As I have noted before, the Emperor gets drunk on the phrase "I have directed ... ." He can't officially direct Congress, but if it doesn't fall in line (which it usually does after ritual grumbling by the Republican wing of the I've Got Mine Club) then they are "not doing their job." 

"They haven't been fulfilling their duty lately! Well, screw this Constellation business -- huh, Valerie? Oh, sorry, Constitution. That teleprompter's been hard to read lately. I'll direct somebody to fix it."

The mainstream media talk about the situation simply as political gamesmanship. They sound like they're analyzing the odds in a prize fight. Above all, any discussion of principle is out of bounds. 

By and large the Left isn't too pleased with their Emperor.
“When candidate Obama asked our community for support in 2008 and 2012, he urged us all to vote based on our hopes, not our fears,” said Janet Murgu√≠a, president and CEO of the National Council of La Raza. “Today, President Obama gave in to the fears of Democratic political operatives, crushing the hopes of millions of hard-working people living under the constant threat of deportation and family separation.”

“Slow-walking justice for millions will not prevent Republicans from using nativist animosity to get their base to the polls and does even less to inspire Democrats’ grassroots progressive base at a critical political moment,” said Democracy for American executive director Charles Chamberlain.
The "fears of Democratic political operatives" are that if he unilaterally signs the Declaration of Amnesty before this year's election it will cost the Dems congressional seats. Already his own party's candidates have been cuddling up to the Emperor as if he carries the Ebola virus.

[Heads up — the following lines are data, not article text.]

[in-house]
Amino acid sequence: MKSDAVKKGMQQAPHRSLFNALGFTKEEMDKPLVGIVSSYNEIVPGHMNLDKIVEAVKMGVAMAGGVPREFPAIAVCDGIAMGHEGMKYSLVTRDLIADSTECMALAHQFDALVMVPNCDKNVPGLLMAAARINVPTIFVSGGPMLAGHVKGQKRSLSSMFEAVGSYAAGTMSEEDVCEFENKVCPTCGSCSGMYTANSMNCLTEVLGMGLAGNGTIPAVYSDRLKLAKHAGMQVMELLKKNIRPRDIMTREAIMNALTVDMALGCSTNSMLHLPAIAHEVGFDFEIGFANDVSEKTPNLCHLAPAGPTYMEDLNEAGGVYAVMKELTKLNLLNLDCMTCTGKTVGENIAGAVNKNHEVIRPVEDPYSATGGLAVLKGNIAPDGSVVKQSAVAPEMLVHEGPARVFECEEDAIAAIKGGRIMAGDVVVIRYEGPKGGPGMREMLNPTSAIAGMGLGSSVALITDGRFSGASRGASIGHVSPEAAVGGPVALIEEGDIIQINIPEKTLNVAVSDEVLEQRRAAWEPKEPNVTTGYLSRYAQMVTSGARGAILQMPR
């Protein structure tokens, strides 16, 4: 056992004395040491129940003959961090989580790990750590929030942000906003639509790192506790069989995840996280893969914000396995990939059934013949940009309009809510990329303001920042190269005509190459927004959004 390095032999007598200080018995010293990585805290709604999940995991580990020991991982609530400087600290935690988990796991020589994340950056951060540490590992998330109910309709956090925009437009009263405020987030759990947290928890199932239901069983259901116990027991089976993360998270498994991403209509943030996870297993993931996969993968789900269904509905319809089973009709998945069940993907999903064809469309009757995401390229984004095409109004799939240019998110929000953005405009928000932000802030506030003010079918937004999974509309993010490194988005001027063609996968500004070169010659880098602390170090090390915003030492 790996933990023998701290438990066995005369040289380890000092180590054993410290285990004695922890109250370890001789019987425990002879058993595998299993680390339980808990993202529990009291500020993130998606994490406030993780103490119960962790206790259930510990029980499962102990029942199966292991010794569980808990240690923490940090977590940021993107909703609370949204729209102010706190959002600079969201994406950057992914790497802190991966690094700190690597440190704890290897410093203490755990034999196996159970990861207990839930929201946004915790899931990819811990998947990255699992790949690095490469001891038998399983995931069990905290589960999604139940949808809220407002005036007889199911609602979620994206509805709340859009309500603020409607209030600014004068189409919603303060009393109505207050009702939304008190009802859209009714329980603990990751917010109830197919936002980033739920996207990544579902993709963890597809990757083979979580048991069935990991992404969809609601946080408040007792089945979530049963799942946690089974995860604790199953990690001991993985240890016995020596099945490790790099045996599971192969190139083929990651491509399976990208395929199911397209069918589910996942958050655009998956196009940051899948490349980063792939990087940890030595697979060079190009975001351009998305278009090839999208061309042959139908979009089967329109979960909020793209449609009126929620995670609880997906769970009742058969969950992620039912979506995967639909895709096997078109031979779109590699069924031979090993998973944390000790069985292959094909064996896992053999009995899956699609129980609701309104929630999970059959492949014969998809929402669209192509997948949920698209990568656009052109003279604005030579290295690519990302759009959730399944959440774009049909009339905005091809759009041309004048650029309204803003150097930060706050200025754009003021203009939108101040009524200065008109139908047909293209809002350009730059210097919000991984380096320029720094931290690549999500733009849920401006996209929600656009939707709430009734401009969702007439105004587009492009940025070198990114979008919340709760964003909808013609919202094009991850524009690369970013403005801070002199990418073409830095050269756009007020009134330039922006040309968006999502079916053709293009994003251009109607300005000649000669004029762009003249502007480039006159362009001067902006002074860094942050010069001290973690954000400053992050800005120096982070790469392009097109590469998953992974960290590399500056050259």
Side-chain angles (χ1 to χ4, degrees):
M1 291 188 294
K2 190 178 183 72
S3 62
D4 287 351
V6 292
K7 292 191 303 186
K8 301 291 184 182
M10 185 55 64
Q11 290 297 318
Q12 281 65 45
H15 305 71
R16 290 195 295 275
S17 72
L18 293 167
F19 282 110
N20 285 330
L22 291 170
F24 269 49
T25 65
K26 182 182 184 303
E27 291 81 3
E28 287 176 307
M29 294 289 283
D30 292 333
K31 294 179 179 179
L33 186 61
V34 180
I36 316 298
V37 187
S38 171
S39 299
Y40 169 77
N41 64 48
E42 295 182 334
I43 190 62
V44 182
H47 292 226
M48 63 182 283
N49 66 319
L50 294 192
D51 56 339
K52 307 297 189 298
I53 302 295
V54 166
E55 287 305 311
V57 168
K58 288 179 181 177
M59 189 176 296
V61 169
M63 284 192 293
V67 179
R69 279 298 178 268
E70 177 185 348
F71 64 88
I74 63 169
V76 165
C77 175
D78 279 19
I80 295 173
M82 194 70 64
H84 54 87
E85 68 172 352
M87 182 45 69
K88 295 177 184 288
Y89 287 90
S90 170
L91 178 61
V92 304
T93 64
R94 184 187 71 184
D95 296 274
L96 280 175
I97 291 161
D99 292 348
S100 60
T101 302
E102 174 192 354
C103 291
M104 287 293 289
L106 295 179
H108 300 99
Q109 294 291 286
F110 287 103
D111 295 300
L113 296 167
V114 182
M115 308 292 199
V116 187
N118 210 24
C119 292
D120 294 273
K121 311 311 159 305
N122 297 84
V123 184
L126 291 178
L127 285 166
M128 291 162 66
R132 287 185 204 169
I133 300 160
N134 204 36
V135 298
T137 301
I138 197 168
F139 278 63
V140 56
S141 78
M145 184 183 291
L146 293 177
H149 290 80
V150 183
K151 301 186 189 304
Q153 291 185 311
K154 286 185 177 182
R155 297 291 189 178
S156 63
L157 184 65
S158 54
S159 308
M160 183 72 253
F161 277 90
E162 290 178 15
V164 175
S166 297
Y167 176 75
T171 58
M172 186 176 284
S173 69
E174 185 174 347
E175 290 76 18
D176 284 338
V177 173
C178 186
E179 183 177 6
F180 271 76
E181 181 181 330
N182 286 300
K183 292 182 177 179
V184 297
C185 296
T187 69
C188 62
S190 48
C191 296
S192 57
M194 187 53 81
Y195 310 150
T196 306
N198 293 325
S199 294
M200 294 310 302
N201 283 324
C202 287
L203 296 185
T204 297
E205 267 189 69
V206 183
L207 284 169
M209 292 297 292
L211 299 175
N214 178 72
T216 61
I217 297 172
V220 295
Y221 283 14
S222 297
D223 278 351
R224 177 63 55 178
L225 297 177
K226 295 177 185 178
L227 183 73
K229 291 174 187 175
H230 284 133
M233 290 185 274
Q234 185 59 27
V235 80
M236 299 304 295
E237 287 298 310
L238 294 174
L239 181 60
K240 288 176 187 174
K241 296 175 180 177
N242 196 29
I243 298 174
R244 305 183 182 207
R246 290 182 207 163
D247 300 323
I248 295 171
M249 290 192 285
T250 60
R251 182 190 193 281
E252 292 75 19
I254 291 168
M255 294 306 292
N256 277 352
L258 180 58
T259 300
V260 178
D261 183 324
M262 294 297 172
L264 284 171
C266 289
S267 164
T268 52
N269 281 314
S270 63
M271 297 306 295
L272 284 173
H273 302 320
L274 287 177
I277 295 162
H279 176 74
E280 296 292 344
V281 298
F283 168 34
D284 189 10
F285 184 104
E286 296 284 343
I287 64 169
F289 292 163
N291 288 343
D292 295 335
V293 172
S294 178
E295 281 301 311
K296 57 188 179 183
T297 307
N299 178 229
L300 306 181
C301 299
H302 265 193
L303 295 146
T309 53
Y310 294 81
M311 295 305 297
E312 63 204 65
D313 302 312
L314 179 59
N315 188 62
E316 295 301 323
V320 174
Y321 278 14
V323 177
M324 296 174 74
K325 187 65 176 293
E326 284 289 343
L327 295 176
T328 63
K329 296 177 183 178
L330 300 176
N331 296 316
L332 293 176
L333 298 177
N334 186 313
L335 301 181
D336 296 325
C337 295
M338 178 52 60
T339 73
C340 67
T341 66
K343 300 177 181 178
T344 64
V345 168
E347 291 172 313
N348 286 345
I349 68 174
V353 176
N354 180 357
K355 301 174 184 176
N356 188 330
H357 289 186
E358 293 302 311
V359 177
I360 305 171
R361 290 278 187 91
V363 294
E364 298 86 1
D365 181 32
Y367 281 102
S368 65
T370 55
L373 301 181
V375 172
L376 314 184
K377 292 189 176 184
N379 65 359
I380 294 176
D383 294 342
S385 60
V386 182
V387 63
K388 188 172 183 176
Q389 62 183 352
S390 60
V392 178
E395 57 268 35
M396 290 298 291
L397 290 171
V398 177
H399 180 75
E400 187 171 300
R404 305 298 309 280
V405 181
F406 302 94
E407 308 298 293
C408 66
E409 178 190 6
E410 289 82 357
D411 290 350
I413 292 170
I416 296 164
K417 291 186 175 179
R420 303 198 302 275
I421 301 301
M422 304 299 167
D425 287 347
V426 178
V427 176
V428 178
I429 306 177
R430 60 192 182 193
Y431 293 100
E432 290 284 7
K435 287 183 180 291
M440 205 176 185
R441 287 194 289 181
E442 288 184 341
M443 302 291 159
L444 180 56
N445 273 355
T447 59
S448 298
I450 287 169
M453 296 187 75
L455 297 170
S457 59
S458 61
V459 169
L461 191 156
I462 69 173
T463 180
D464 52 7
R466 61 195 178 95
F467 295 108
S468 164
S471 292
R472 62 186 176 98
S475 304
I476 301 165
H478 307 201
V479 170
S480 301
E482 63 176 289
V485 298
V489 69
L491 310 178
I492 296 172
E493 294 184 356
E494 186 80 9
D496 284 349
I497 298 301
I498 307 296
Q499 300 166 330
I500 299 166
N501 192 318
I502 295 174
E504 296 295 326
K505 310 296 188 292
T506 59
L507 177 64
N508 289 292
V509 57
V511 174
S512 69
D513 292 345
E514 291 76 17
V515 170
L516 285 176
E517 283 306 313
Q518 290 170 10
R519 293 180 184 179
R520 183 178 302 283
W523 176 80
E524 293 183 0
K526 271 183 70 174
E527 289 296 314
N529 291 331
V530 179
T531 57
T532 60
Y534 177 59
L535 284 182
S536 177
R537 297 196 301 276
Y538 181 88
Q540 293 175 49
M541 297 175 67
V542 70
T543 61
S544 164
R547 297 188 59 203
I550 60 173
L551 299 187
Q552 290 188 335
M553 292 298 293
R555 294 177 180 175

To put it another way: Everyone understands that a majority of the not-quite-defeated-yet American people don't want amnesty, even with token efforts to make it orderly. They do not want to be irrelevant to the political process. So the Emperor has reluctantly agreed to a brief delay on behalf of damage control.

That's not good enough for his "base" of lawbreakers and Marxist apparatchiks. Rock. Hard place. Why doesn't he just direct everybody to bow and obey?

Monday, September 01, 2014

What do you mean, no strategy yet?

“Families should assemble a disaster supplies kit well in advance and have a plan to reconnect after a tragedy,” the president said.
Sure. Let's all reconnect at his next fundraiser, if Las Vegas is still above ground level, or at a Hollywood celebrity's home.

The commentariat has gone near-bonkers with news and speculation (in this case, amounting to the same thing) about Islamic State attacks in the U.S. and elsewhere in the Terrorism Season, i.e., the next 365 days et seq. Far be it from me to scoff at the possibility; it's more likely than not sooner or later.

Before we head for the hills, though, let's try to keep some perspective. Mark you, I have no connection with the espionage industry and no personal experience with it. But I can hold my own in speculation with the rest of the jokers.

Security agencies by their nature inhabit a world of secrecy. With rare exceptions any leaks to the media are deliberate, meaning they are disinformation.

So when you read about a crescendo of "chatter" in the electronic communications of terrorist flash-bang artists, the information is from the other side of the looking-glass. It may be designed to convince the Kill an Infidel Club that we're on to everything they are doing, planning, thinking, or dreaming. It might be our spooks are taking out an insurance policy, designed to show they were on the ball even if worst comes to worst. 

One of the few things I feel sure of: this administration, by encouraging uncontrolled immigration, is rolling out the red carpet for those who would do us grievous harm.